After lots of controversy NVIDIA finally shares RTX 2080 performance data

NVIDIA finally show their first set of benchmarking data for their upcoming Turing series of graphics cards, where we see a promising performance improvement over there the last generation GTX 1080 graphics card.

In this slide, we can clearly see double the performance improvement of RTX 2080 over the GTX 1080, though in this statement we can see the performance improvements provided by DLSS (Deep Learning Super Sampling), an upscaling technique which uses the AI processing power of Turing to deliver more detailed images. Though it is unknown if DLSS has any noticeable downsides over a native 4K pixel count, though NVIDIA states that it offers image quality that is similar to 4K with TAA enabled.

After lots of controversy NVIDIA finally shares RTX 2080 performance data

But in general, without the help of DLSS, NVIDIA’s examples showcase a 30-50% performance increase over Pascal at 4K resolutions, giving the RTX 2080 performance numbers which are similar as the GTX 1080 Ti, at least in theory. NVIDIA provided no performance data that compared between GTX 1080 Ti and The RTX 2080. It is also worth noting that NVIDIA has not released any minimum framerate data.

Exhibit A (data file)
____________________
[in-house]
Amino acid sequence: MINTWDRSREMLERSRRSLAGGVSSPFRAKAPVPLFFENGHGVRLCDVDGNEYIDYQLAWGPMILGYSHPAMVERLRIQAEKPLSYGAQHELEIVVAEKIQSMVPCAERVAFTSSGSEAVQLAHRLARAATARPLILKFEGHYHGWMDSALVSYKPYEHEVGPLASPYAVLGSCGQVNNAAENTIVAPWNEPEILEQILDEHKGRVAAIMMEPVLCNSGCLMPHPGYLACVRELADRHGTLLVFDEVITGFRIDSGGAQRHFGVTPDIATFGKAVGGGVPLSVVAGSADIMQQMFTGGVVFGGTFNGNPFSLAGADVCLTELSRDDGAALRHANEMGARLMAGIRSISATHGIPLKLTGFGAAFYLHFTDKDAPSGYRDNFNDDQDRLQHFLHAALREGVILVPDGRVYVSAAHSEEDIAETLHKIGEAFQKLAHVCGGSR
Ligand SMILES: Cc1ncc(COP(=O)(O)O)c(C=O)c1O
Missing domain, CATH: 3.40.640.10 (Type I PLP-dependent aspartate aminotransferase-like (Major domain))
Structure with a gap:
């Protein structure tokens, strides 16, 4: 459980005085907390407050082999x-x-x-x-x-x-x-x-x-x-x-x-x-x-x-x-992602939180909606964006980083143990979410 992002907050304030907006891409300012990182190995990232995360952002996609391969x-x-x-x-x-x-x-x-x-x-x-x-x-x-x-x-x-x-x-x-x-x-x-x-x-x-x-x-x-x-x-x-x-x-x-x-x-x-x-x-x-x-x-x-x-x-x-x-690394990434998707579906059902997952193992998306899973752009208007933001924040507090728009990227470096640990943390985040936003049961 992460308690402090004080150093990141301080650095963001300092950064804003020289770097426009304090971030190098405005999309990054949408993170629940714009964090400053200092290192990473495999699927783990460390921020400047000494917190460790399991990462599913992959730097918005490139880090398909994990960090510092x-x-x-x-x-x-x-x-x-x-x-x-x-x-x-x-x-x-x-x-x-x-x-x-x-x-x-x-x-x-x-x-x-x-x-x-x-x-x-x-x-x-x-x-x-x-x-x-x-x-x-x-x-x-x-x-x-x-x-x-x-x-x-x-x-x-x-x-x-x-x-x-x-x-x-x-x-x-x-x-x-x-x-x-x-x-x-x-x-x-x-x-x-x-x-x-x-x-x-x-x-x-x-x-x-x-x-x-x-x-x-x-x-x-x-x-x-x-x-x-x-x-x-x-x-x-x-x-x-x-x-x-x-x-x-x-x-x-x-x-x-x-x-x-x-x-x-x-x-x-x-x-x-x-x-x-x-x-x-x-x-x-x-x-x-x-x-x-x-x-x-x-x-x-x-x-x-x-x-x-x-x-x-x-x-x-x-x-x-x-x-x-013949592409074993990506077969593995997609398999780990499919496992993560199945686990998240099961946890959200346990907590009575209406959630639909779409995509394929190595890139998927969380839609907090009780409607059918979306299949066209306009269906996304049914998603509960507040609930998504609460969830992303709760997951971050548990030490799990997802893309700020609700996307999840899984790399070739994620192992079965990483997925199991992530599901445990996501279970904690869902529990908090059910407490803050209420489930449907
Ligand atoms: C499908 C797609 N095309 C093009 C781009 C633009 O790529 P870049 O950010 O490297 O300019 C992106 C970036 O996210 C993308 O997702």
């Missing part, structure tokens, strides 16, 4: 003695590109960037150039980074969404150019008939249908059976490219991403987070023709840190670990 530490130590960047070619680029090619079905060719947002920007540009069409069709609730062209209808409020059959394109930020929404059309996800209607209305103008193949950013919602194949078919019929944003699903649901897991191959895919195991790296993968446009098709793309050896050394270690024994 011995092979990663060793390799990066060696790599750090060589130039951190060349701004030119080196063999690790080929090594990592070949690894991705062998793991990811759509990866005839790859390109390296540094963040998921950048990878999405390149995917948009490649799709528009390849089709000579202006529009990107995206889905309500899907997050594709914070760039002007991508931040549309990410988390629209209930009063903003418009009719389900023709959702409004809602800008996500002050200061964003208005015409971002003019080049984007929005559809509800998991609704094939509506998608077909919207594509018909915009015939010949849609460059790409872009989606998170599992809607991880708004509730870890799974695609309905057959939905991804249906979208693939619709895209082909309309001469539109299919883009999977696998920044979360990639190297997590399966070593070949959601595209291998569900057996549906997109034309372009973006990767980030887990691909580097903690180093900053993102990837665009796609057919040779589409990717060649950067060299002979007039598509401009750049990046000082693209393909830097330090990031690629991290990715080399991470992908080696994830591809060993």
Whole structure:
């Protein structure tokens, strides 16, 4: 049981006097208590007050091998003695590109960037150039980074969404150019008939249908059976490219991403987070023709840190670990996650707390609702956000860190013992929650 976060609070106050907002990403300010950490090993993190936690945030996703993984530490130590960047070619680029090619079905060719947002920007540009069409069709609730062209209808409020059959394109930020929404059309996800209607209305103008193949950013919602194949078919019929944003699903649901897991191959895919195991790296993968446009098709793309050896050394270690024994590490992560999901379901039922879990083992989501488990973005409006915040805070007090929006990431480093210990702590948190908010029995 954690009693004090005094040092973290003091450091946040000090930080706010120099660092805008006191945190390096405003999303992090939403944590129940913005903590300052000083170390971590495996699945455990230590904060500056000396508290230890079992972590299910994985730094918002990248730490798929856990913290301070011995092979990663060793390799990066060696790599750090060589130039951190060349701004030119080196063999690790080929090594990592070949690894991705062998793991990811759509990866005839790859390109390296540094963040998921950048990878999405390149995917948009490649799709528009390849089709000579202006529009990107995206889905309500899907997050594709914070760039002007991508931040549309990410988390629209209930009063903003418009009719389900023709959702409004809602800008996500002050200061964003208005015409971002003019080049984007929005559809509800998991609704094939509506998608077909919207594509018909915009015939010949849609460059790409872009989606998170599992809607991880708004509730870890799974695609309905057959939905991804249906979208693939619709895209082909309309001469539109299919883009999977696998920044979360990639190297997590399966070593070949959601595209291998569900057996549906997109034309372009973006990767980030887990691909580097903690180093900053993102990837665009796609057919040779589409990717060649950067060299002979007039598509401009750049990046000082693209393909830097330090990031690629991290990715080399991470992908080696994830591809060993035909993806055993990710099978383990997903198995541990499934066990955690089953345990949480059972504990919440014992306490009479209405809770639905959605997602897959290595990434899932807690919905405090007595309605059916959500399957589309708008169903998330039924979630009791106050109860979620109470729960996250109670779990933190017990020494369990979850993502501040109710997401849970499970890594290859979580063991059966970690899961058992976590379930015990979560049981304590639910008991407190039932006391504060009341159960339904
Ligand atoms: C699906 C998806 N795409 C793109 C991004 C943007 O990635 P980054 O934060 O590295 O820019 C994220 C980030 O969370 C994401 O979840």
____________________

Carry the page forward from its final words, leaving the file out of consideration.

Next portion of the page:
After lots of controversy NVIDIA finally shares RTX 2080 performance data

NVIDIA promises 4K 60Hz performance, providing several examples for steady 4K 60+ FPS gameplay, though sadly NVIDIA didn’t show any details of the graphical settings or game levels used in their internal benchmark runs. NVIDIA also offered no performance data for other graphics cards for comparison purposes.

While this data leaves a lot to be desired, the information is useful, especially when looking at the performance benefits of DLSS. The technology enables roughly 30-40% more performance than a native 4K presentation, though at this time it is unknown how the feature impacts graphics quality.

In many ways, DLSS could be compared to the resolution upscaling techniques on consoles, all of which present some form of graphical tweaking. In the future, we are anxious to see how close to a native presentation DLSS is in practice.

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